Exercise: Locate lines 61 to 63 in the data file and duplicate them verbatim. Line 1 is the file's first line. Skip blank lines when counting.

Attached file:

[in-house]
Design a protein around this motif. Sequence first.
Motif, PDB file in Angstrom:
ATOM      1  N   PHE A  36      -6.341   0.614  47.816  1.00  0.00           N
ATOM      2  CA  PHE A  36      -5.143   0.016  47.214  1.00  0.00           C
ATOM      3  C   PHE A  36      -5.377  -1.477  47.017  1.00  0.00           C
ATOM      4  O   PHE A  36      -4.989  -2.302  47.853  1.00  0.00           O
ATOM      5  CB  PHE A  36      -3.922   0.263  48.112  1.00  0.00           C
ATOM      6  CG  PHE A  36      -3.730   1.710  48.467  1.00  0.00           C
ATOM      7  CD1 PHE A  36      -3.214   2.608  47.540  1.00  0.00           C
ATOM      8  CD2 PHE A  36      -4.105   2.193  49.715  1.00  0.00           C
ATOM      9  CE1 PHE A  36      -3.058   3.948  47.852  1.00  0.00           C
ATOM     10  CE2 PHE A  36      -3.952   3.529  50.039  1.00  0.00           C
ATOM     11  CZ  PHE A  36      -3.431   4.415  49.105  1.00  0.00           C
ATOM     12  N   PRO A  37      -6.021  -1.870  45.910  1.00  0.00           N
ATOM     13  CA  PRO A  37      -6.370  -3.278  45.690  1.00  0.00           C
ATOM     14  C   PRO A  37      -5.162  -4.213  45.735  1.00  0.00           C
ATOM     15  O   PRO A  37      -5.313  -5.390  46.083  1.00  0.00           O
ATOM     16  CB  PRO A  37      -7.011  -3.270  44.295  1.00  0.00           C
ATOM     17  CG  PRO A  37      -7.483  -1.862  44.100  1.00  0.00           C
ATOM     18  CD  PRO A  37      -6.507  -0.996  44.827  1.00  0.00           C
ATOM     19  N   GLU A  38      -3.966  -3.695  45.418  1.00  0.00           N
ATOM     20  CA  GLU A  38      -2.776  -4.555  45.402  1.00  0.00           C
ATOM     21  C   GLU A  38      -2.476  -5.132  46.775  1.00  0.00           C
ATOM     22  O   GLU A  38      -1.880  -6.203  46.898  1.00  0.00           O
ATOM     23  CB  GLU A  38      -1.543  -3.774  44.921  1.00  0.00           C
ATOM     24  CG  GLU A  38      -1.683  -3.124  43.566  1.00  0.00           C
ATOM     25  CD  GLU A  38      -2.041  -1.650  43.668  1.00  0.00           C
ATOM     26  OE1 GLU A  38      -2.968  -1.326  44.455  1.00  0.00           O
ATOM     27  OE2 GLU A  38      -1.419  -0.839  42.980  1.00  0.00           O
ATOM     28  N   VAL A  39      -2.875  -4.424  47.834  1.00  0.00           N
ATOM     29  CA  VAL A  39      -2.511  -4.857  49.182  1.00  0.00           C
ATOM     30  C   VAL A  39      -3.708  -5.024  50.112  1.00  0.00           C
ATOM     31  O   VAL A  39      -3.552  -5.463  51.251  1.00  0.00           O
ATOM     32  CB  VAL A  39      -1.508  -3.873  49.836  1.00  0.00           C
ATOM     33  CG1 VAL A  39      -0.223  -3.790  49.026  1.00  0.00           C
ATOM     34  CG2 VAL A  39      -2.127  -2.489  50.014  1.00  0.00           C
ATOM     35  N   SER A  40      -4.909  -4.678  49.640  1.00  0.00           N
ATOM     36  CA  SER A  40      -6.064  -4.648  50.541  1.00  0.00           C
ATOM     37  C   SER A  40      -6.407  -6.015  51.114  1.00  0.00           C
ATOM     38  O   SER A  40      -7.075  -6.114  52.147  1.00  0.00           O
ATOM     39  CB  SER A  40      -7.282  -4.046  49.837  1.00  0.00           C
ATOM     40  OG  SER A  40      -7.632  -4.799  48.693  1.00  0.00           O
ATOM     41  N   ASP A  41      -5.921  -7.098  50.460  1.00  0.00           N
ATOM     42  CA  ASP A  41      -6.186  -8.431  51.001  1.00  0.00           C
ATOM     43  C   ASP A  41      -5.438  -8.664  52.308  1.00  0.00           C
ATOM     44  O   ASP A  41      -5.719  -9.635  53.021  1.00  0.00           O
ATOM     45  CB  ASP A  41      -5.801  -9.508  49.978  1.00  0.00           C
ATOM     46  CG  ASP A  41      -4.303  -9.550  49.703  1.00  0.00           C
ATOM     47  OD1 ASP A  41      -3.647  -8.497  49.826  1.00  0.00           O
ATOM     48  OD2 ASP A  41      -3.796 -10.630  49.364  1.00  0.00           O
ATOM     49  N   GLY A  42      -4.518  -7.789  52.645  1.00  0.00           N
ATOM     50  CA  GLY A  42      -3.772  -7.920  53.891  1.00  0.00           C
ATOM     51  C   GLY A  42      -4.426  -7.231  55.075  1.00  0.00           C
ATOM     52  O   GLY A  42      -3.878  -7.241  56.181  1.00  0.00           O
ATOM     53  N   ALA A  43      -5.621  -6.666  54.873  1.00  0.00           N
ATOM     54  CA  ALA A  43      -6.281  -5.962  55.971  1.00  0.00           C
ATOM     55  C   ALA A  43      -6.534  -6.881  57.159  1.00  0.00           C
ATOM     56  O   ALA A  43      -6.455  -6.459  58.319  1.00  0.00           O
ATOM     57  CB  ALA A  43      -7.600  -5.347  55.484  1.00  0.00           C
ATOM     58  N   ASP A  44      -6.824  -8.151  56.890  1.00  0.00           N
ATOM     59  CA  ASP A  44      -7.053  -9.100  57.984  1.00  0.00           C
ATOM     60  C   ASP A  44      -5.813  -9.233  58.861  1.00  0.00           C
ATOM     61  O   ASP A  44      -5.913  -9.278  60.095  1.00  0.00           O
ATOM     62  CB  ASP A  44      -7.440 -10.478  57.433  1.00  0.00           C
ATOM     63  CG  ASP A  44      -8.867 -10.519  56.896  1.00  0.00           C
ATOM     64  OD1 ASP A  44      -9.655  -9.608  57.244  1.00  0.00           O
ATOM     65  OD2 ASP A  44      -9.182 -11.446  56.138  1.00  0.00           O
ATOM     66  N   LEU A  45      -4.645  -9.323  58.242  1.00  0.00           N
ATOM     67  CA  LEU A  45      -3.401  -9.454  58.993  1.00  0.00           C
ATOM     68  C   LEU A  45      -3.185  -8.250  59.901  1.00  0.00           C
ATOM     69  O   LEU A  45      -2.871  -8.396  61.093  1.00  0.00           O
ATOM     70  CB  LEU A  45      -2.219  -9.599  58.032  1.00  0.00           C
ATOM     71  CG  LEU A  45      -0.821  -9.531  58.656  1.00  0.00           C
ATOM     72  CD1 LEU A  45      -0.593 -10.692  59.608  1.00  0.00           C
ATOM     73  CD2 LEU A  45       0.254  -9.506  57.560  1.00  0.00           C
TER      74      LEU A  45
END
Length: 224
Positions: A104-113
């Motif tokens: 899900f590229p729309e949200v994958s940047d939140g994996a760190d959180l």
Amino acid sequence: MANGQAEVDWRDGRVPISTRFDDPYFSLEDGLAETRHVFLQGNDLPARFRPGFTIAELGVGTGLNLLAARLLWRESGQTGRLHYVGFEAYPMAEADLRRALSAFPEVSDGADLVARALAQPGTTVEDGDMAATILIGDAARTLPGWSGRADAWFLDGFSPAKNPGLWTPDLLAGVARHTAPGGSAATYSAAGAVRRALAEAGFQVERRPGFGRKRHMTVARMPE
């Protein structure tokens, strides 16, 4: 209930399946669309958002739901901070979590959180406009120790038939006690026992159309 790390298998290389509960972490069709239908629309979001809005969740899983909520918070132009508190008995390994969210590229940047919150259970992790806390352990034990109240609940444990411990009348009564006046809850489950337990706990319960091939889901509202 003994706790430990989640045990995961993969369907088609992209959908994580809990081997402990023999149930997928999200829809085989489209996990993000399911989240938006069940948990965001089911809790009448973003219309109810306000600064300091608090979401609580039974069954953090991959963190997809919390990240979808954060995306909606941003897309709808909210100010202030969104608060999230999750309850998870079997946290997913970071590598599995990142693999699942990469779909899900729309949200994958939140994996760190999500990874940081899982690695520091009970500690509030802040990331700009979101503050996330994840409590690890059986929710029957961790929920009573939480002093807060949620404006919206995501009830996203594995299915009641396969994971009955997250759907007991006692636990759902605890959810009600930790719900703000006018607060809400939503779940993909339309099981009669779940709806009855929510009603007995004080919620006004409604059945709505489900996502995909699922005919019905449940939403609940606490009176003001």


ATOM     58  N   ASP A  44      -6.824  -8.151  56.890  1.00  0.00           N
ATOM     59  CA  ASP A  44      -7.053  -9.100  57.984  1.00  0.00           C
ATOM     60  C   ASP A  44      -5.813  -9.233  58.861  1.00  0.00           C